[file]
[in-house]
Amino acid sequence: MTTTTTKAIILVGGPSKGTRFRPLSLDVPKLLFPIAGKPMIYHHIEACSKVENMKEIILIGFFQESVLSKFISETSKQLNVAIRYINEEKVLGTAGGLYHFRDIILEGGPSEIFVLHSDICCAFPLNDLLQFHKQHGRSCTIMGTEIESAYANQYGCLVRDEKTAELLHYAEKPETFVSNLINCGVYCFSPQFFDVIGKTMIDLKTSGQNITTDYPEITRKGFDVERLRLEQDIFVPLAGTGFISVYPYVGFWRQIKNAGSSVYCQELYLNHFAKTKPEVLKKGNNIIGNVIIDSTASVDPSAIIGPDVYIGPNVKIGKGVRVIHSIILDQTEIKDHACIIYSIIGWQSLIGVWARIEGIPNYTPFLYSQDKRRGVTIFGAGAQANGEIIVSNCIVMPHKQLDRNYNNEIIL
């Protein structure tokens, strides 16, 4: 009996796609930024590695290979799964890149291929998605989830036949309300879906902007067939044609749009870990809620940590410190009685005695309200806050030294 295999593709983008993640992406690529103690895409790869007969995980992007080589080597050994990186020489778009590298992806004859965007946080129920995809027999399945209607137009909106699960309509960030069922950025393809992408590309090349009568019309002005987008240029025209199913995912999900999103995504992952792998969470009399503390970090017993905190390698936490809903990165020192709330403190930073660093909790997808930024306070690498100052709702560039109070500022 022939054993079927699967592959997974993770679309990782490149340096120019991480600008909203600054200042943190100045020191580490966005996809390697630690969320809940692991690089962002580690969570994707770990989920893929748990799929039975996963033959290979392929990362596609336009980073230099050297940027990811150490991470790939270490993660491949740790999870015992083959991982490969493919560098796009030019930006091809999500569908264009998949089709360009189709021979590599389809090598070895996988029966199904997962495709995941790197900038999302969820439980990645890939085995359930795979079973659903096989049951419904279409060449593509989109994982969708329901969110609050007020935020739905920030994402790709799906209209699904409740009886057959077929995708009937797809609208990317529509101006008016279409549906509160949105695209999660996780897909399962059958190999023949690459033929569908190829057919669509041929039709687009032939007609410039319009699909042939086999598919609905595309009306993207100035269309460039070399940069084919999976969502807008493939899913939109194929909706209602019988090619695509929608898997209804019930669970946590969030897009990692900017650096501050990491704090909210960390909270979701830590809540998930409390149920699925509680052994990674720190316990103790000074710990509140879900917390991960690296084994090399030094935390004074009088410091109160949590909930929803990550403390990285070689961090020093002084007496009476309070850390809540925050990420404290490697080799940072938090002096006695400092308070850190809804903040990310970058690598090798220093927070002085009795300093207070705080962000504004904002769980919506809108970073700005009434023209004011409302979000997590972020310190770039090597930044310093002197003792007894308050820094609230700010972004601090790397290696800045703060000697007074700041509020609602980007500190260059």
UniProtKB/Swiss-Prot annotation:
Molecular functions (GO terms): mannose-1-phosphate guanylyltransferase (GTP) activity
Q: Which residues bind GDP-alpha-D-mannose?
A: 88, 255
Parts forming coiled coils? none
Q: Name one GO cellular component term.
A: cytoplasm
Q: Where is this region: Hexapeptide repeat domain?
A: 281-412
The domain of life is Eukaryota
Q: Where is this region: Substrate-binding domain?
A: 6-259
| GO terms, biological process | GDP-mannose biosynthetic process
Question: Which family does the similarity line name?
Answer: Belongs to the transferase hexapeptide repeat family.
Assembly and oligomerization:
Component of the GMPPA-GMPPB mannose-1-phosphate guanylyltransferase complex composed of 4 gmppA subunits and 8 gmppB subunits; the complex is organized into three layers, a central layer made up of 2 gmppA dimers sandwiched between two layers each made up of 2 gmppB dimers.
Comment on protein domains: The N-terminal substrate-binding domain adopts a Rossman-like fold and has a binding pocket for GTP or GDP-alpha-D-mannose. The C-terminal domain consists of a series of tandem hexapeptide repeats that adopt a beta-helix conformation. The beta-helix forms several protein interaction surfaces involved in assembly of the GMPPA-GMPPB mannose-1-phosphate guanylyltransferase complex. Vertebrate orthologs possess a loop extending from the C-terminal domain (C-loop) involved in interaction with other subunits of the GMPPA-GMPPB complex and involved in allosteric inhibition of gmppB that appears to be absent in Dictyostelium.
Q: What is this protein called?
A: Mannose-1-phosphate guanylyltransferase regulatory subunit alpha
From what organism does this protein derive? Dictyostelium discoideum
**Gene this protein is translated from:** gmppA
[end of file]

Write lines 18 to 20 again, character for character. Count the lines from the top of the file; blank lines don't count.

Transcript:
Answer: Belongs to the transferase hexapeptide repeat family.
Assembly and oligomerization:
Component of the GMPPA-GMPPB mannose-1-phosphate guanylyltransferase complex composed of 4 gmppA subunits and 8 gmppB subunits; the complex is organized into three layers, a central layer made up of 2 gmppA dimers sandwiched between two layers each made up of 2 gmppB dimers.